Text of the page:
Demimind: Chapter 2

(2)All Comes Crashing Down

Go. Goliath- I mean Jane- can handle keeping Him away. We can’t stay here!

“Why?”

He’s the one who bound me! He’ll kill us both!

“Maybe if I just explain-”

There’s nothing to explain. I challenged Him for power, He beat me and bound me, and now He’s coming to finish the job! He already knows about you! You ran from Him and used the last remnants of my power to phase in-

A ground-shaking rumble fills the cavern. The Servant rears, tail curling around Winter’s legs and pushing, pulling her towards a tiny shaft of light, an exit, a break in the wall that leads to a tunnel. She stumbles as Jane releases her, but runs in the direction of the light even so. She stops when she reaches the broken arch that girds the long, winding slope downward, deeper into the earth. Despite Summer’s frantic urging, she turns.

She glances back in time to see light glare down, white and pure, moonlight shining into the room she flees, the stone of the ceiling melted away, half-melted under incredible magic power. Shining in the light is a manshaped figure, with three arms, and hovering between three hands is a sphere of light with twisting color. She looks one moment longer before it sears her eyes and forces her to turn away.

Jane roars thunderously. Her massive body shifts and slaps the ceiling just above the exit with her tail, coils rippling with the effort. Winter ducks under the falling rubble just in time to avoid being crushed. Then there is no chance of going back, the stone has barred her way into the cavern. Her Servant’s thrashings cause more shaking, more rumbling. Winter feels a pang of regret, and then a sharp shock of pain, all over her.

She’s of your- well, my-blood, idiot! The closer to her you are, the harder it will be to move! She’s in pain, do you understand? You’ll feel everything at this range!

The young woman hesitates but a second longer before continuing on into the darkness. Her limping run is illuminated by glowing glyphs on the walls. There’s no time to look at them closely.

“What about J-Jane?” She asks weakly, as she leans against a wall, panting. Her body is most certainly not used to this type of exercise, and she’s growing a little tired of always fleeing for her life for as far back as she can remember.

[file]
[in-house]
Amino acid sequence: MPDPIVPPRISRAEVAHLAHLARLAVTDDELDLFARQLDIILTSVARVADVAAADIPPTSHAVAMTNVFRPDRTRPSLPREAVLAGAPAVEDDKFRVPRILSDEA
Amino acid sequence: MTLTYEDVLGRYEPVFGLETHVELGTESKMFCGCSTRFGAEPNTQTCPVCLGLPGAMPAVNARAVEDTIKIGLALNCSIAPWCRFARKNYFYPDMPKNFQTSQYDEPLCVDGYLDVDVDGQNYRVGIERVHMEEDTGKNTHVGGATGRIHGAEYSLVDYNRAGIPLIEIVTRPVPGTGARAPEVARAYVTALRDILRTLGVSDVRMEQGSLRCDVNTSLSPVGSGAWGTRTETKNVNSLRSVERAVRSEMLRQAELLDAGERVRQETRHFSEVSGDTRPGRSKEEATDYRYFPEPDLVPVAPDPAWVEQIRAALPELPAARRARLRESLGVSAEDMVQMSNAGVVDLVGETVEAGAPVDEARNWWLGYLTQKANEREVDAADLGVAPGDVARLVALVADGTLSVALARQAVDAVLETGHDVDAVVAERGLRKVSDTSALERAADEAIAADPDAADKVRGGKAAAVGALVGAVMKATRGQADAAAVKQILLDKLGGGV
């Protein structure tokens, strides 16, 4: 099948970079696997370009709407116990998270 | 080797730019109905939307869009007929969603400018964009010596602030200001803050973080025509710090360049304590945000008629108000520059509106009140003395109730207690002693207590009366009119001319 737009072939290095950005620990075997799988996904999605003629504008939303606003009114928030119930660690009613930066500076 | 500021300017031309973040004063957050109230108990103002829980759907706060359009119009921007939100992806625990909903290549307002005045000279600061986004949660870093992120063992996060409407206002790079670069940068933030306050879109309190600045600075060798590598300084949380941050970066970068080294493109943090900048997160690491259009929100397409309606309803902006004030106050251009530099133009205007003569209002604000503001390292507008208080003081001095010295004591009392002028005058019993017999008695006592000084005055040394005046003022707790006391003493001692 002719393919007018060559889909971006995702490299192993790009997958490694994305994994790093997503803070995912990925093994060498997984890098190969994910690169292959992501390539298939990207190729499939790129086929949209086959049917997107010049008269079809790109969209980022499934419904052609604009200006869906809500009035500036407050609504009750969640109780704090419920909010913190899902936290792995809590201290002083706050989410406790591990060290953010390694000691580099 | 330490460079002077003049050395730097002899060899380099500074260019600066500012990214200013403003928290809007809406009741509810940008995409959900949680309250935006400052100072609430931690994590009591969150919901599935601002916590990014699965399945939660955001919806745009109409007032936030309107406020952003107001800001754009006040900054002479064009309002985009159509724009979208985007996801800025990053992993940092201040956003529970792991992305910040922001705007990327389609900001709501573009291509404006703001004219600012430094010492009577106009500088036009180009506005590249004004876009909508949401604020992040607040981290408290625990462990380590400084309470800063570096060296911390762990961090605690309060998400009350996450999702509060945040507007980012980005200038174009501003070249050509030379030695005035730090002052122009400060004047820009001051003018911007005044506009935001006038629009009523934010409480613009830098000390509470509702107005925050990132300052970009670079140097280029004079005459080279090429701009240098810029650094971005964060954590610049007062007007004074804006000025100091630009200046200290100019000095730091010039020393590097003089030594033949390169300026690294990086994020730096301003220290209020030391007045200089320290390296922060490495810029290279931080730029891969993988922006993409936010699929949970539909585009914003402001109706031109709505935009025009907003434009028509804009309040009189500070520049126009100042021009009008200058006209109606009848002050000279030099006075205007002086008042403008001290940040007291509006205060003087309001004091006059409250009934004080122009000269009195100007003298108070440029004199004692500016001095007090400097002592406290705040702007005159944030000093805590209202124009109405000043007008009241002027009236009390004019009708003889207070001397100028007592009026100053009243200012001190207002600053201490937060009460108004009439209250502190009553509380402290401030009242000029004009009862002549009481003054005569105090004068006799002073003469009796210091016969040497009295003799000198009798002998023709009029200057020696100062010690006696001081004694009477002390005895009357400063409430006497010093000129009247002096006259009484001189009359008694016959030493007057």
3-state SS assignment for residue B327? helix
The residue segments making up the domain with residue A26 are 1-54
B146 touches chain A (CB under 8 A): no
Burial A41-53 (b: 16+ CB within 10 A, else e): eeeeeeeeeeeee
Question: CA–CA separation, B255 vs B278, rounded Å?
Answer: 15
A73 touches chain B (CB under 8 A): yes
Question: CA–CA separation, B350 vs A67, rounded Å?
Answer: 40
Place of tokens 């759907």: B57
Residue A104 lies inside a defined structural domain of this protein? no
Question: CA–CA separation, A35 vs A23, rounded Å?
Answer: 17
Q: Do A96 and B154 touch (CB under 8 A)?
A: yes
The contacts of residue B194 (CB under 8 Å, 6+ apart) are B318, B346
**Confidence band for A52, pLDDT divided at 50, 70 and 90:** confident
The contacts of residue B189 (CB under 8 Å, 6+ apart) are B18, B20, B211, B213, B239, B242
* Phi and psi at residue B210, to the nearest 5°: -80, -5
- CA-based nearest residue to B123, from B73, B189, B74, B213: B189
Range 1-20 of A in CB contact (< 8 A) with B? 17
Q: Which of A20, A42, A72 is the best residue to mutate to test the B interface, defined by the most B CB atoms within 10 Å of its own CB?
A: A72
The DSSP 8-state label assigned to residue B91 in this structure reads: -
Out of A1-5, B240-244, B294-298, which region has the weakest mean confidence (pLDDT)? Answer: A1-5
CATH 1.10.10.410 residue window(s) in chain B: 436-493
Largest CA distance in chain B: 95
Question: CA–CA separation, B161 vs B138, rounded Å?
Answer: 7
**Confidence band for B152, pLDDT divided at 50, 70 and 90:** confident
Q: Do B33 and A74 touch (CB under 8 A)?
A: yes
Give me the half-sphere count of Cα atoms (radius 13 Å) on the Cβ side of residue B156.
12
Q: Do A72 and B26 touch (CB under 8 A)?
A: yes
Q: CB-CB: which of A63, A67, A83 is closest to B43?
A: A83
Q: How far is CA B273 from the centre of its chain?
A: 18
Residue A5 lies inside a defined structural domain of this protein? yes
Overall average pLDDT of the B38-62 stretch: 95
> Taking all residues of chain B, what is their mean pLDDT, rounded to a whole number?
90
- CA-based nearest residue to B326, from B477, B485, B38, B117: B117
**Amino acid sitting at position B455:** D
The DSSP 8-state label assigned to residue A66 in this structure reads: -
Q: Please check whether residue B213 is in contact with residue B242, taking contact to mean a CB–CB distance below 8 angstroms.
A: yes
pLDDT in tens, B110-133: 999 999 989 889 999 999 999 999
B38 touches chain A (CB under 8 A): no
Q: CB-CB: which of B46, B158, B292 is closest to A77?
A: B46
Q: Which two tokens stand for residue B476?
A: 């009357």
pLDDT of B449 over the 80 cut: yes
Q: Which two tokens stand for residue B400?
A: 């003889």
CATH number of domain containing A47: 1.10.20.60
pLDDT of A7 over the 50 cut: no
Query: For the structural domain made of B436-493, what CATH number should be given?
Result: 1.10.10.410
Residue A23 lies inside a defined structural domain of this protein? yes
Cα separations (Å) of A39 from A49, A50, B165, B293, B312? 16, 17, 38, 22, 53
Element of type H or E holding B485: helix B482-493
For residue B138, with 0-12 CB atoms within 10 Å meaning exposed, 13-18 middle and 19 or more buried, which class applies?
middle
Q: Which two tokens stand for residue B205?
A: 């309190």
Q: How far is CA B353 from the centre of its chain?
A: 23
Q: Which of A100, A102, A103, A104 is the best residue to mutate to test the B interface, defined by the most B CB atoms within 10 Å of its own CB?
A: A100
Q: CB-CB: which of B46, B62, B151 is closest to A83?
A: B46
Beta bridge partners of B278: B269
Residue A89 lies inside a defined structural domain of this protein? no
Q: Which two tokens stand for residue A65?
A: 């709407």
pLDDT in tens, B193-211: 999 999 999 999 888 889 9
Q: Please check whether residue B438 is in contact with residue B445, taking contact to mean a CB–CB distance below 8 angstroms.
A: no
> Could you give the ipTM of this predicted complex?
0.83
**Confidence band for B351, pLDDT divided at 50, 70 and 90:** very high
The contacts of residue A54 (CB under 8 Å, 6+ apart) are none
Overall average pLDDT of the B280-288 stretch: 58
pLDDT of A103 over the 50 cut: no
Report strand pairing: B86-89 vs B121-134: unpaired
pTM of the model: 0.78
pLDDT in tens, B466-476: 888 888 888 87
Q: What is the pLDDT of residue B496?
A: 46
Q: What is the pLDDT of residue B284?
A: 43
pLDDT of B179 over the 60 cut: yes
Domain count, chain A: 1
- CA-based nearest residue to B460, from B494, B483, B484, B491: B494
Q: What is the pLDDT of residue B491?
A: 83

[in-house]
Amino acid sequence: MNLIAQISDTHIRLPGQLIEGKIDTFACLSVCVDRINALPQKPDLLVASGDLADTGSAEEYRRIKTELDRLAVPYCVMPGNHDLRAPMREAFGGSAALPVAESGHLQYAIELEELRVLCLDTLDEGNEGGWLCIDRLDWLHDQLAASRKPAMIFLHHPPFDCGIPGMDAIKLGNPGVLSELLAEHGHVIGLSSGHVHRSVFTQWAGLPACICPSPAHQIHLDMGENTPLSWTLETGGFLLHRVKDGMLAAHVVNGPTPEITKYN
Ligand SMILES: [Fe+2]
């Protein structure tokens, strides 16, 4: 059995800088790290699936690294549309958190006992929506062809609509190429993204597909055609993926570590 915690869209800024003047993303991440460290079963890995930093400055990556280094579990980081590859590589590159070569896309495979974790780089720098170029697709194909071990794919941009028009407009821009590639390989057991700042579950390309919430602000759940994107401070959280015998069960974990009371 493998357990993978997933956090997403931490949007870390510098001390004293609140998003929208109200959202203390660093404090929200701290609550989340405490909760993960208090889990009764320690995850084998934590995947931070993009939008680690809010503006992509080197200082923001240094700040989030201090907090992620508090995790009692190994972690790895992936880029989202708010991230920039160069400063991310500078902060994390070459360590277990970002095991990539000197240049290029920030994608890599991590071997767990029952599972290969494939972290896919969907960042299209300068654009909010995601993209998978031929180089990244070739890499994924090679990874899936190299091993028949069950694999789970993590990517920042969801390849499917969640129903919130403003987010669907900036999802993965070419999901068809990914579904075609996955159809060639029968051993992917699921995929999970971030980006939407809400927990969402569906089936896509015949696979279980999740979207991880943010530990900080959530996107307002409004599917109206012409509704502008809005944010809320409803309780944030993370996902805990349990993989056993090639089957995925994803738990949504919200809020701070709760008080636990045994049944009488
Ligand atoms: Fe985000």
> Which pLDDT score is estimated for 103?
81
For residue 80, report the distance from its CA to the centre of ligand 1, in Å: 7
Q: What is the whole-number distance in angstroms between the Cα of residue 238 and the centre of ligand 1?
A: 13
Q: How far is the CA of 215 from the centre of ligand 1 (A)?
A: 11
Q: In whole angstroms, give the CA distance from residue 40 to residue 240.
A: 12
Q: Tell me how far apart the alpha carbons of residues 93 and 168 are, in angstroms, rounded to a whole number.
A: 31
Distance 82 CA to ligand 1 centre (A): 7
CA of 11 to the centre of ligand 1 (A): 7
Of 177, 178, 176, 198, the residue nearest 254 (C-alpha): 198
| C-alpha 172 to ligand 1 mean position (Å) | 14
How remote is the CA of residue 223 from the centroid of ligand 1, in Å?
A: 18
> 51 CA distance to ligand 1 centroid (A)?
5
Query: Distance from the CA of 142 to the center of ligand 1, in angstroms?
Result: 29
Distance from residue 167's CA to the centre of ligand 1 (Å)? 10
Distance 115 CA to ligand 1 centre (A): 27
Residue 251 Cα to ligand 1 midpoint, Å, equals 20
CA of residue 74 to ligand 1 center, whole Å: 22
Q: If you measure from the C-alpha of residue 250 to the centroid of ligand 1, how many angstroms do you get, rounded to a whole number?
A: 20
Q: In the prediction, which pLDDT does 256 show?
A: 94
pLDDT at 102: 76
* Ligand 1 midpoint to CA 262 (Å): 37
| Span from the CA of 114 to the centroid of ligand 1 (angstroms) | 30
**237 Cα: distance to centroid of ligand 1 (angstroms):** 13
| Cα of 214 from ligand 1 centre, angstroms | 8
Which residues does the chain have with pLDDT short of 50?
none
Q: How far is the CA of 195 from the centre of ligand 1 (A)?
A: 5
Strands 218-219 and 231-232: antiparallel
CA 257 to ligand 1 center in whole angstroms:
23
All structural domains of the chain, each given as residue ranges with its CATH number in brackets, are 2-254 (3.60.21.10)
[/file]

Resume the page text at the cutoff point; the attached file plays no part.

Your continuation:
Admittedly she can’t remember very far back.

Summer’s answer is short and sharp. She’s beginning to hate that.

She’s probably dead.

“What?” Her voice trembles a little.

You can bring her back. Or rather, I can. I mean, I have power over life. Yours is one of death and the doomed. I’d need your help but I’m pretty sure I can bring her back. Later. Now keep running.

The path curves, and then leads down, a slope which she needs to walk down with care, lest she trip and fall. The ground is littered with bones, jagged stones and little holes or pitfalls. She can just barely see them by the light of the sigils lining the walls.

She walks like this for a time, one hand out, brushing the wall to steady herself. Then, just as she wonders if she can go any farther, just as she’s sure she’s walked a mile, there’s an earthshattering roar, a thunderous rumble, and a piercing, awful pain in her heart that sends her to scraped knees, clutching at her chest.

Anngh…!

Even the voice in her head sounds weak and in pain at that. It’s an ache now, that won’t go away. It moves into her mind and shakes her to her bones, grinds her into the stone for a while before finally moving on.

When she comes back to herself, she’s sprawled on stone. Not bleeding, thankfully, but scraped in places and bruised all over from her thrashing.

She pushes herself to her feet again, shakily, leaning against a glyphed wall for support. Her arm is shaking. Her fingers are trembling.

“S-summer?”

There’s no response from her strange friend. It’s silent, in the tunnel. Frighteningly so, now.

She gropes around in the gloom, finding a rock and tucking it in her fingers. It doesn’t make her feel much safer, really. She’s achy and weak and her head pounds. But she needs something. With rock in hand she continues moving, limping now and unsure why, her heart thumping in her chest painfully.

After a time, a hissing dances on the edge of her awareness. Not like a snake, but as something hot being shoved into cool water, as steam. It doesn’t begin to grate on her nerves for at least a few minutes. She’s tempted to look behind her- where the noise is coming from she couldn’t say, she half-guesses it must be a trick of the tunnel- but focuses on moving faster instead. Her hands won’t stop trembling.